A few months ago I took my state and federal Members of Parliament (MPs) for a spin in my EV when they visited the park across the road. I handed them a little 1 pager that described the benefits of EVs from their point of view.
In the submission I suggested that a rebate for EV conversions be introduced, similar to the $2000 rebate we currently have for LPG conversions. LPG is by-product of a fossil fuel production, which means it emits greenhouse gases and is non-renewable. We often forget what a buzzword like non-renewable means. It means that one day it will stop. Then it will be gone forever. Recycling a petrol car to an EV is a big improvement – you avoid the fossil fuel and greenhouse hit of manufacturing a new car and and EV can be powered from renewable energy. It costs less that a new medium size car to convert a car and install a PV solar system to power it.
Mark Butler read the submission and said he would show Peter Garrett, the Minister for Environment. Sure enough, a few weeks later I had a letter from Peter. He liked the idea of charging EVs from PV solar, and promised to send my submission onto Sen. Kim Carr, the minister responsible for the Automotive Industry. Then just yesterday, I received a letter from Sen Carr. He mentioned the governments various green car initiatives such as “A New Car Plan for a Greener Future”, Project Better Place, the Toyota Hybrid, and the MIEV. He declined to extend the LPG conversion rebate to EVs.
This is the first time I have spoken directly to government on anything and I have been pleasantly surprised. Thinking about it, I am quite surprised that a guy like me with a relatively obscure agenda can get a response from people at the top of our Government. Thanks Mark for taking the time to talk to your colleagues about this issue.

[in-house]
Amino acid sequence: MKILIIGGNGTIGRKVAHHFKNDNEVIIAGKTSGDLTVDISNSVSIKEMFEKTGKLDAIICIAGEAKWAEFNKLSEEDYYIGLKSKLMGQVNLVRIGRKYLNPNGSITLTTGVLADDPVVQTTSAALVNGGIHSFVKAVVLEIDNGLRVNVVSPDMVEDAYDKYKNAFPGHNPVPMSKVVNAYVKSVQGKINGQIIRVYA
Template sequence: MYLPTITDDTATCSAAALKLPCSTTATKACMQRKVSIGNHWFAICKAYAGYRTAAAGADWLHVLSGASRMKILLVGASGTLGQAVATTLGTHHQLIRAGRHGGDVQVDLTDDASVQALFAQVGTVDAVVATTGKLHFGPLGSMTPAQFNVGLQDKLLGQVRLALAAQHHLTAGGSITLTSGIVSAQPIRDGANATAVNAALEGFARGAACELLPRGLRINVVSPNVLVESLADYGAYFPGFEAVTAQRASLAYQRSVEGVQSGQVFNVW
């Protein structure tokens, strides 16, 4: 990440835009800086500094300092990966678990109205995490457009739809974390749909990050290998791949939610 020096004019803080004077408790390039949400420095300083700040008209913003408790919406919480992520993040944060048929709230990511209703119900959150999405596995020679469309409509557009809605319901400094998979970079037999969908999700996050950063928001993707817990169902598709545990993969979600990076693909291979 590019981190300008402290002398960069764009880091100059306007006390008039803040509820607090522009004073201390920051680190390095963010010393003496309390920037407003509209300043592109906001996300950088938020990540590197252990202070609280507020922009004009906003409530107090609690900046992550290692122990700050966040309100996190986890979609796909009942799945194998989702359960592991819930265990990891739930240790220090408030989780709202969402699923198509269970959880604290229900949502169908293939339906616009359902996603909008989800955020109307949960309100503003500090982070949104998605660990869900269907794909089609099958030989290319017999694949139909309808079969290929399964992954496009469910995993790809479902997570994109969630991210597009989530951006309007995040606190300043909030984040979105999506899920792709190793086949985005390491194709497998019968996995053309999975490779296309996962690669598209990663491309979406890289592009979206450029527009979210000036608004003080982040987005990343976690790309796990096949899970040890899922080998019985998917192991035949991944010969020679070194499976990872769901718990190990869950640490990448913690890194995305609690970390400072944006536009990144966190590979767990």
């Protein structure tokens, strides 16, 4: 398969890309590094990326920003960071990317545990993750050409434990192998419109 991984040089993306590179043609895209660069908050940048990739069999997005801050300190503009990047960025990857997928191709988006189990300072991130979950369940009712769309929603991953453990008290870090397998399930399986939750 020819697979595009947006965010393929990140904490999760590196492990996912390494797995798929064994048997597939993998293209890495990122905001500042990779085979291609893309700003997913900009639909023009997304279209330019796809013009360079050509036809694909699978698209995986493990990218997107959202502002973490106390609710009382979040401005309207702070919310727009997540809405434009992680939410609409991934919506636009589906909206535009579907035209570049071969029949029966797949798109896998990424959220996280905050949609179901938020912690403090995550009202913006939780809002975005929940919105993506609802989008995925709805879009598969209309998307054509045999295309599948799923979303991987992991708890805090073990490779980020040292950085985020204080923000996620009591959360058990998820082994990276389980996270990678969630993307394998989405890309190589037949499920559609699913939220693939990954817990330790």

I feel this has at least planted the idea of (i) solar powered EVs (ii) a EV conversion rebate and (iii) EV conversions compared to new cars at a high level of government. As fuel prices and the green agenda rises the idea of an EV conversion rebate may look better and better.
Now I am thinking about next steps. Compared to the other government initiatives an EV conversion rebate addresses (i) the low end of the EV market (ii) builds local small business in an important new industry and (iii) gets more EVs on the road faster than a $60k MIEV in 2012 (or whenever) or Toyota hybrids.
The low end of the EV market is particularly interesting to me. With a little mass production we could get conversions down to $5k for 60 km/hr metro commuting type EVs. We can put 5-10 of these of the road for every MIEV or new Hybrid. People such as us and many others driving EV conversions have shown that such an EV can cover about 90% of our daily driving. It also puts green motoring within the reach of many more people that $50-$60k factory built EVs – and can do it today rather than when some foreign CEO’s business agenda decides we can have it. Most importantly – it would get us started down a path to kick our dependency on oil. A $2k rebate would kick-start this industry overnight.